Water Well Drilling 101
When a home or property owner in Michigan is considering getting their water from a well, it’s a good idea to understand the basics of how it will be constructed. This includes some of the precautions that are taken to ensure a proper drill.
Here’s what you need to know about the work being performed so you can avoid a malfunctioning well and a loss in your investment.
Leveling the Rig
Once the location of the well has been determined and all applicable permits have been approved, the drilling contractor will start the process using their drilling equipment.
One of the first and most important steps to take is to ensure that the drilling machine is level. This is accomplished using outriggers, which act like long feet that extend from the drilling machine. These outriggers ensure that while the drilling is taking place, the direction of drilling will be straight down and not at an angle. Failing to ensure that the well is straight will lead to further complications.
Drilling into the Earth
Once the machine has been set up and leveled, the drilling can begin. Large shafts start the drilling process. Here, a bit spins and a hammering action is applied to push through the ground.
In most cases, the goal is to reach bedrock. However, depending on the specific geology of the site, there may be some “overburden.” Overburden can consist of various things, including sand, gravel, and clay.
As the bit pushes deeper into the rock, water and air are pumped down. The water acts as a coolant, to ensure that the bit does not overheat from the friction of the bit rubbing against the rock. The compressed air along with the water helps push the broken pieces of rock to the top of the well, in order to avoid jamming the hole.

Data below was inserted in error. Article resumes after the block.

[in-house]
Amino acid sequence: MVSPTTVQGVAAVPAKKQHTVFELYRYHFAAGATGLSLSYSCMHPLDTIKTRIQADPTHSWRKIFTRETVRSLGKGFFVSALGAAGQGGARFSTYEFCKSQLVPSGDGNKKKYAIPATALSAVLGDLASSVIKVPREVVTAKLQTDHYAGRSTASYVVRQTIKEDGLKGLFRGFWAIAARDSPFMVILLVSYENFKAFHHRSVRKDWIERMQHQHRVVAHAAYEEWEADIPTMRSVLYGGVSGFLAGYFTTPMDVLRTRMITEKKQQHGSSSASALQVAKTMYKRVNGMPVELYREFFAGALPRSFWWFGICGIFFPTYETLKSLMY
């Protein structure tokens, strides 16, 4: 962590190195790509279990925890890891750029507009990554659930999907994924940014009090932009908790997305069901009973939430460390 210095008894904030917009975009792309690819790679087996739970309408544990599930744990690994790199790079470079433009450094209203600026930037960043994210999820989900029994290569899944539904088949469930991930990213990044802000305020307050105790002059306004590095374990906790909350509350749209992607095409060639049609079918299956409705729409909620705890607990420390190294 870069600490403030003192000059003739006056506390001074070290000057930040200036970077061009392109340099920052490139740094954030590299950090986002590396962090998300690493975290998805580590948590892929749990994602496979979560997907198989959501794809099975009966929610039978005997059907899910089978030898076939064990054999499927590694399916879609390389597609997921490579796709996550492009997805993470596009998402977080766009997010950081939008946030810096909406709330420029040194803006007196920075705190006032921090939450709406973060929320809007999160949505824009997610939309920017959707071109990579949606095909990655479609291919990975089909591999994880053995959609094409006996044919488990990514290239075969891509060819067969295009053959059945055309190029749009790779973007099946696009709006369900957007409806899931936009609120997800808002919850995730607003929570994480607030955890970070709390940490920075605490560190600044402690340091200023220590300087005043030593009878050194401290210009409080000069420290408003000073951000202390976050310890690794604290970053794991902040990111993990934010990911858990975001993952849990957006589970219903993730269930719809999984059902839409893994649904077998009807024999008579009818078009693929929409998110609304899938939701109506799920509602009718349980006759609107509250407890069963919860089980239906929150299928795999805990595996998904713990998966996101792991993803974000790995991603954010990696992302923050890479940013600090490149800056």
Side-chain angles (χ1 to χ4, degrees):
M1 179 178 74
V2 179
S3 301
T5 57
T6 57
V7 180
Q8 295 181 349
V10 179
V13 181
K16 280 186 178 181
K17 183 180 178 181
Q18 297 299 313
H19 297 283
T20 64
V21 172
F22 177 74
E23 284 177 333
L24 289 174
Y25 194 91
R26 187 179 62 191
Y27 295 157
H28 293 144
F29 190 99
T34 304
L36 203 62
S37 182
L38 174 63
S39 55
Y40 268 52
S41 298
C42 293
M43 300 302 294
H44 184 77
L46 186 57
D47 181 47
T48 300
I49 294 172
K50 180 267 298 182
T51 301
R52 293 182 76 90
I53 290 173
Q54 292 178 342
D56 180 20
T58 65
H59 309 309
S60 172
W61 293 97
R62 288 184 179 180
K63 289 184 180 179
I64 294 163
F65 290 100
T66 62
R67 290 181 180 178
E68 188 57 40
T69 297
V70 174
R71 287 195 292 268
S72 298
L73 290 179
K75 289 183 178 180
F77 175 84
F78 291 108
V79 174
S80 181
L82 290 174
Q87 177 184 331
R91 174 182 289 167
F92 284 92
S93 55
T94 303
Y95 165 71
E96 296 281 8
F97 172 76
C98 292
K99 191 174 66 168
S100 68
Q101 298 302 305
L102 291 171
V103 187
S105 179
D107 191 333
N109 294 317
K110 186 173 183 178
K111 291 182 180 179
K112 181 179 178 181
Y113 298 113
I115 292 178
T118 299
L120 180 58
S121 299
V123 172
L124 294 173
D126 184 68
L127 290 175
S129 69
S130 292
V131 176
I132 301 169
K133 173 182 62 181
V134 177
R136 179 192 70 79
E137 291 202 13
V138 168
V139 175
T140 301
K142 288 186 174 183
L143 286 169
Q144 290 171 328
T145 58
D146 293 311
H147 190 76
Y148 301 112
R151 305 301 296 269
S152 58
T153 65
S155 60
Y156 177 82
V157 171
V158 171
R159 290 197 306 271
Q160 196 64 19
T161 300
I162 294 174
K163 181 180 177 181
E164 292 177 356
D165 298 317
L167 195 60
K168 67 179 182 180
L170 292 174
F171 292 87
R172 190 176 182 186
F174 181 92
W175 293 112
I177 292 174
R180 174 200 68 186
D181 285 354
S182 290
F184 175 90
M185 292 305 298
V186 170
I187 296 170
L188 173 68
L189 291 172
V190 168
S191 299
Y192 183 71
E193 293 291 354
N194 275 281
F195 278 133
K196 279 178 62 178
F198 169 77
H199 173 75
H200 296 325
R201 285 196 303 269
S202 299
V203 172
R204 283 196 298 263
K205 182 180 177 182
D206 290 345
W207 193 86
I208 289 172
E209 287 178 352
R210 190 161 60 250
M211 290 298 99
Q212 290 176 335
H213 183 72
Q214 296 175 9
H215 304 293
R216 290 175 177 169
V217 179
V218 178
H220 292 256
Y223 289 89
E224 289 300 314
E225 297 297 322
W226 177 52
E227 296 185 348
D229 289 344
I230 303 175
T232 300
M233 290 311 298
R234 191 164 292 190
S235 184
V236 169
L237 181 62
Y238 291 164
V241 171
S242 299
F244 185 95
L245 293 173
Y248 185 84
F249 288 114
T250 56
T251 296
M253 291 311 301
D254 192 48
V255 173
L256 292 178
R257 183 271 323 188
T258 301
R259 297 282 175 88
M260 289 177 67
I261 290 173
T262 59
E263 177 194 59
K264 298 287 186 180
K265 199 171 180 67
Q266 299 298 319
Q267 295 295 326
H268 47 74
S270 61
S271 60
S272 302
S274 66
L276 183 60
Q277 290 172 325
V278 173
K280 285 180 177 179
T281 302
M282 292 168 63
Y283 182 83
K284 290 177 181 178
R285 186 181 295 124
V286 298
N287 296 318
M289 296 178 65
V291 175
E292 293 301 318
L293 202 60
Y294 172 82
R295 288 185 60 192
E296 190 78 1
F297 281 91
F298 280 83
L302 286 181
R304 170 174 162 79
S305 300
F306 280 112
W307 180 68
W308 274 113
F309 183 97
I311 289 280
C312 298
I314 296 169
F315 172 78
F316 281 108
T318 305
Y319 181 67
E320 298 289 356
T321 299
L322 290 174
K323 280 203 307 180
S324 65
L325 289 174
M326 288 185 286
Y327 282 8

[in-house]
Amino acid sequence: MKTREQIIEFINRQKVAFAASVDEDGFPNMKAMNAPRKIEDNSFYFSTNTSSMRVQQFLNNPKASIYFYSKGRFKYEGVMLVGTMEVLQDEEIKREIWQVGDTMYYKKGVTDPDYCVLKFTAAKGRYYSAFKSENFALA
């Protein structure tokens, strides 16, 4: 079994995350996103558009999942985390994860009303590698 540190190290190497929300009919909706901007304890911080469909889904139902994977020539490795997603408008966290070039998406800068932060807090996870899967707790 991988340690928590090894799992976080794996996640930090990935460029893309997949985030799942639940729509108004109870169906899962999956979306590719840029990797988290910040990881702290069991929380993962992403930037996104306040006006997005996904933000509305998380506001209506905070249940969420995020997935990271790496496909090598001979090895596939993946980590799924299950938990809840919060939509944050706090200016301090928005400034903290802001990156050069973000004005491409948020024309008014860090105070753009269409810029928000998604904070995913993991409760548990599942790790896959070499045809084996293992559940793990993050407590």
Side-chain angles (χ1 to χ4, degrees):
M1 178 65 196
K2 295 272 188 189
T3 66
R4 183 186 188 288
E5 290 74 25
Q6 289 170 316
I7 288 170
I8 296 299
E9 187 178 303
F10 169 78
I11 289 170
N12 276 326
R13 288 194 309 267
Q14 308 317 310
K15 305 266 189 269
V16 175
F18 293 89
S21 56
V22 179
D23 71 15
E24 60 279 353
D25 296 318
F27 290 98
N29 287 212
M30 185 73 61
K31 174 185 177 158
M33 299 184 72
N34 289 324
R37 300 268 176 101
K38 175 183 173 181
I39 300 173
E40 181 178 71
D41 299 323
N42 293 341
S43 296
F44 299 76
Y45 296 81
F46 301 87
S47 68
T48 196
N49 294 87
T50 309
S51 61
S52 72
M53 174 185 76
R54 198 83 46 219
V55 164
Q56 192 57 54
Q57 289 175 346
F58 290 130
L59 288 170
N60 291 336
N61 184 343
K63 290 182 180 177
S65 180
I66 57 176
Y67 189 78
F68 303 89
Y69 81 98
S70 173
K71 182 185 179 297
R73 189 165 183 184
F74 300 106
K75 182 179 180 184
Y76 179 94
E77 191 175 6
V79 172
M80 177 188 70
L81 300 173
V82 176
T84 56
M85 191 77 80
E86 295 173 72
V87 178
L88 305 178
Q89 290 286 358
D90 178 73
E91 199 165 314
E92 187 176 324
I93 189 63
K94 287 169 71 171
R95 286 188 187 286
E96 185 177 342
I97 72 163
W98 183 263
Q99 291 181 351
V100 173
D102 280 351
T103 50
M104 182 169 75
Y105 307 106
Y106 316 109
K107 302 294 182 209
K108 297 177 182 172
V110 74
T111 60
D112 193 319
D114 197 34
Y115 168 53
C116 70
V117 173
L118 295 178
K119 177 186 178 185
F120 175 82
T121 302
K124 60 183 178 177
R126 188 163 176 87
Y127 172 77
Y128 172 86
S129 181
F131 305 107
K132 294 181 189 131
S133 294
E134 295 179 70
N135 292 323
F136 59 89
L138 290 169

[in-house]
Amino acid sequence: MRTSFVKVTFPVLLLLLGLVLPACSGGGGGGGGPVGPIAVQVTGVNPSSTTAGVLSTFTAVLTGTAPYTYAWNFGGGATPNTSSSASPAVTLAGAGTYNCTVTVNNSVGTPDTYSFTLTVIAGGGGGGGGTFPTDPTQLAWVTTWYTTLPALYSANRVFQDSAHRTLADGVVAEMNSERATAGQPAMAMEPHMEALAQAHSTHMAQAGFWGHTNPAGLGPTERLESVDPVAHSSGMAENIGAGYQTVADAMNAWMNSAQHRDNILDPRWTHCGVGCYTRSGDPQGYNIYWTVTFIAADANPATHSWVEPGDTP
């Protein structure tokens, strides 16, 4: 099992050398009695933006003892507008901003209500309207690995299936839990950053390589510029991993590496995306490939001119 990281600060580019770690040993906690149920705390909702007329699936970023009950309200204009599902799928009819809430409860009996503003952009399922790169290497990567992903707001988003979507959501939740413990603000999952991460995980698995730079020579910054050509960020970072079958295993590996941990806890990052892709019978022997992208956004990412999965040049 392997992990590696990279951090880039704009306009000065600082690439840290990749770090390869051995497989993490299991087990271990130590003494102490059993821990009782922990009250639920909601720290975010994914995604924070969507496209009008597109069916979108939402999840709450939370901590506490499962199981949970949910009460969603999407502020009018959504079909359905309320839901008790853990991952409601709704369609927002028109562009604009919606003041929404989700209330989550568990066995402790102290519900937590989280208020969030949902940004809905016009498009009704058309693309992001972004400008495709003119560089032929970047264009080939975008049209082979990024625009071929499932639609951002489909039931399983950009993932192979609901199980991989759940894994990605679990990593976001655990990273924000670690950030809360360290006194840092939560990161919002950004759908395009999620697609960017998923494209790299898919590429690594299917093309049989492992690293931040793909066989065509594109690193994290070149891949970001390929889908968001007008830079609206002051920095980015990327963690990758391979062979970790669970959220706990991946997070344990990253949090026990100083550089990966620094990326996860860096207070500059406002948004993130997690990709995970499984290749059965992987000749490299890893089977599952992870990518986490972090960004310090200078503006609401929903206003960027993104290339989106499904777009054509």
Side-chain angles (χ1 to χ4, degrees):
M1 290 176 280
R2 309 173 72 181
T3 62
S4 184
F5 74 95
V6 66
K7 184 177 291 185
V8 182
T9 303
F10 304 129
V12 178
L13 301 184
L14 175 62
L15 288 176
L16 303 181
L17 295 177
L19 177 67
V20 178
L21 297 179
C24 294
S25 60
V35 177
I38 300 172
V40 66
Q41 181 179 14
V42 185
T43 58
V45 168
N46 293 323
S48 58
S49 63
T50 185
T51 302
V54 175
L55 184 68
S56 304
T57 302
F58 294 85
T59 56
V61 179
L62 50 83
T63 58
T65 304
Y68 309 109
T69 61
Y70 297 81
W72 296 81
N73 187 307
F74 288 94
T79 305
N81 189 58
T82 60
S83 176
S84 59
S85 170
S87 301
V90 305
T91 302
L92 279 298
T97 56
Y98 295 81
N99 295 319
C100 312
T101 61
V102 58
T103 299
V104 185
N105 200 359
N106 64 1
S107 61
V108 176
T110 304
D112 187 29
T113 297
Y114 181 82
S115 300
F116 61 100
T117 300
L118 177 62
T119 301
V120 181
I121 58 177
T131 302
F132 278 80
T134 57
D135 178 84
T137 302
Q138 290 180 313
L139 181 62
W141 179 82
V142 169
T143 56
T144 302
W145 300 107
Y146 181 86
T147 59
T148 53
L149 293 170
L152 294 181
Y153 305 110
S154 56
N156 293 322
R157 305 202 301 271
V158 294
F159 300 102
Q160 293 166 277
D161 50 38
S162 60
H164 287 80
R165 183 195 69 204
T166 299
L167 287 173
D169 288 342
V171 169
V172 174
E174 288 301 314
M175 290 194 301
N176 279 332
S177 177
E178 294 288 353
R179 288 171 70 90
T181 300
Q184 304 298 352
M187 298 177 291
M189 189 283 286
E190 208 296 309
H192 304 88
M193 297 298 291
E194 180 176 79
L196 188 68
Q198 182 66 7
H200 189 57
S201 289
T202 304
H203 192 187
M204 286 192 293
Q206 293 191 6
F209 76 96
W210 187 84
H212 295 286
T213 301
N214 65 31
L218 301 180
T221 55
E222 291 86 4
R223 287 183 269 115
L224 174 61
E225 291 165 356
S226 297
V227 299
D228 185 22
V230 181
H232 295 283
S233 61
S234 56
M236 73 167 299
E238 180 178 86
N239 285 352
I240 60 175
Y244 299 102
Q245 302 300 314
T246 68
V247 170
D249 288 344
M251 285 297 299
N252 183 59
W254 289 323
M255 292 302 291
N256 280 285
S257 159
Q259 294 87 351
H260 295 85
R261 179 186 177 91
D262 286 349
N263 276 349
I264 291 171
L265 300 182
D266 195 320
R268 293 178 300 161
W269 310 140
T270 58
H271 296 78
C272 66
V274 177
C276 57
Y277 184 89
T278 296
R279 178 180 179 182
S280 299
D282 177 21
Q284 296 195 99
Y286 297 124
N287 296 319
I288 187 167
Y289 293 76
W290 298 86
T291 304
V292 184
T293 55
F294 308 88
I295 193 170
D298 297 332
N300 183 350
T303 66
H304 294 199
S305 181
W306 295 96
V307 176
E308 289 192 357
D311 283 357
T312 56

As drilling continues, the shaft is elongated. A shaft will vary in length, but each section will be roughly 20 feet in length, including a male and female threaded end. The threaded ends allow the shafts to be fixed together, which allows drilling to continue deep below the surface until bedrock is reached.
Installing a Casing
Once the drilling contractor hits bedrock, they will drill a bit further into the bedrock, and then install a casing. A casing is a large pipe (sometimes made of steel) that is installed down the shaft.
One of the main purposes of the casing is to ensure the structural integrity of the well. Because the well is drilled through the overburden which can consist of various materials, the casing will serve to ensure that the well does not cave in.
Cementing the Casing in Place
Once the casing is installed, grout is poured on the outside of the casing. This is to ensure the casing stays in place and that surface water does not flow into the shaft and contaminate the well water.
After the drilling phase has been completed and the casing is cemented into the ground, the pump is installed. Now, the property owner will have access to groundwater and will be able to use it in their home or for any irrigation requirements.
If you’d like to know more, get in touch with Ries Well Drilling. We provide water well installation, repair, and maintenance services to anyone looking to find a better water source. Give us a call today.
We provide Water Well Drilling Services in the following Michigan Counties: